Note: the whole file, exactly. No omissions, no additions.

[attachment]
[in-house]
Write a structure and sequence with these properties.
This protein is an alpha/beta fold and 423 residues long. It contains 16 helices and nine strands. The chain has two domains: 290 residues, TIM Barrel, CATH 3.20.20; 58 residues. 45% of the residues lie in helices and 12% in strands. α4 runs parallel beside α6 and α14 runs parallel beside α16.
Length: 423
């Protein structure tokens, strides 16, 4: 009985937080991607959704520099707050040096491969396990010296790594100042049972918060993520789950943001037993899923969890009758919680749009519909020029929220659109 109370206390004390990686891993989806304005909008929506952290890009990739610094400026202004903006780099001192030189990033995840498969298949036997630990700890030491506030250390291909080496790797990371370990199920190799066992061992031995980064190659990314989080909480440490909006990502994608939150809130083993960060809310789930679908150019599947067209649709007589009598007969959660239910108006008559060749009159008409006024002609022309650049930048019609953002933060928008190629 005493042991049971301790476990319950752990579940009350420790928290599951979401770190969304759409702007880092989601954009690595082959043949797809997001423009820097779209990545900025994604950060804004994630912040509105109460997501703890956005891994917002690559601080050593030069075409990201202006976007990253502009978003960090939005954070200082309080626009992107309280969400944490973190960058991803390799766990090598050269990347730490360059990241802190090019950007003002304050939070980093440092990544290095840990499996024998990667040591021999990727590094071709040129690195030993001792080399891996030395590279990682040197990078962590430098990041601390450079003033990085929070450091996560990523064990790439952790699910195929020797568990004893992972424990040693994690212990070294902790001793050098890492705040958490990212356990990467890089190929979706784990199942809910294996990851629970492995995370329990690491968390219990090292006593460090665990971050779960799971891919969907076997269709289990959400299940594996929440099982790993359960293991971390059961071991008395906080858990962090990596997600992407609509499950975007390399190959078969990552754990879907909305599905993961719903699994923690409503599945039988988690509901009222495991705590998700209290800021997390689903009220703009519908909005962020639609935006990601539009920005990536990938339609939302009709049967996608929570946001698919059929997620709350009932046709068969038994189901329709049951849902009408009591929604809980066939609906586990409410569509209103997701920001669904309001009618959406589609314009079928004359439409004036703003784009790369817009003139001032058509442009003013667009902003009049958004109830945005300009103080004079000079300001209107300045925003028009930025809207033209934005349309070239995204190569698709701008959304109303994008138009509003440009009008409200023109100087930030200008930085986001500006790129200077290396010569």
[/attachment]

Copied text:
[in-house]
Write a structure and sequence with these properties.
This protein is an alpha/beta fold and 423 residues long. It contains 16 helices and nine strands. The chain has two domains: 290 residues, TIM Barrel, CATH 3.20.20; 58 residues. 45% of the residues lie in helices and 12% in strands. α4 runs parallel beside α6 and α14 runs parallel beside α16.
Length: 423
């Protein structure tokens, strides 16, 4: 009985937080991607959704520099707050040096491969396990010296790594100042049972918060993520789950943001037993899923969890009758919680749009519909020029929220659109 109370206390004390990686891993989806304005909008929506952290890009990739610094400026202004903006780099001192030189990033995840498969298949036997630990700890030491506030250390291909080496790797990371370990199920190799066992061992031995980064190659990314989080909480440490909006990502994608939150809130083993960060809310789930679908150019599947067209649709007589009598007969959660239910108006008559060749009159008409006024002609022309650049930048019609953002933060928008190629 005493042991049971301790476990319950752990579940009350420790928290599951979401770190969304759409702007880092989601954009690595082959043949797809997001423009820097779209990545900025994604950060804004994630912040509105109460997501703890956005891994917002690559601080050593030069075409990201202006976007990253502009978003960090939005954070200082309080626009992107309280969400944490973190960058991803390799766990090598050269990347730490360059990241802190090019950007003002304050939070980093440092990544290095840990499996024998990667040591021999990727590094071709040129690195030993001792080399891996030395590279990682040197990078962590430098990041601390450079003033990085929070450091996560990523064990790439952790699910195929020797568990004893992972424990040693994690212990070294902790001793050098890492705040958490990212356990990467890089190929979706784990199942809910294996990851629970492995995370329990690491968390219990090292006593460090665990971050779960799971891919969907076997269709289990959400299940594996929440099982790993359960293991971390059961071991008395906080858990962090990596997600992407609509499950975007390399190959078969990552754990879907909305599905993961719903699994923690409503599945039988988690509901009222495991705590998700209290800021997390689903009220703009519908909005962020639609935006990601539009920005990536990938339609939302009709049967996608929570946001698919059929997620709350009932046709068969038994189901329709049951849902009408009591929604809980066939609906586990409410569509209103997701920001669904309001009618959406589609314009079928004359439409004036703003784009790369817009003139001032058509442009003013667009902003009049958004109830945005300009103080004079000079300001209107300045925003028009930025809207033209934005349309070239995204190569698709701008959304109303994008138009509003440009009008409200023109100087930030200008930085986001500006790129200077290396010569």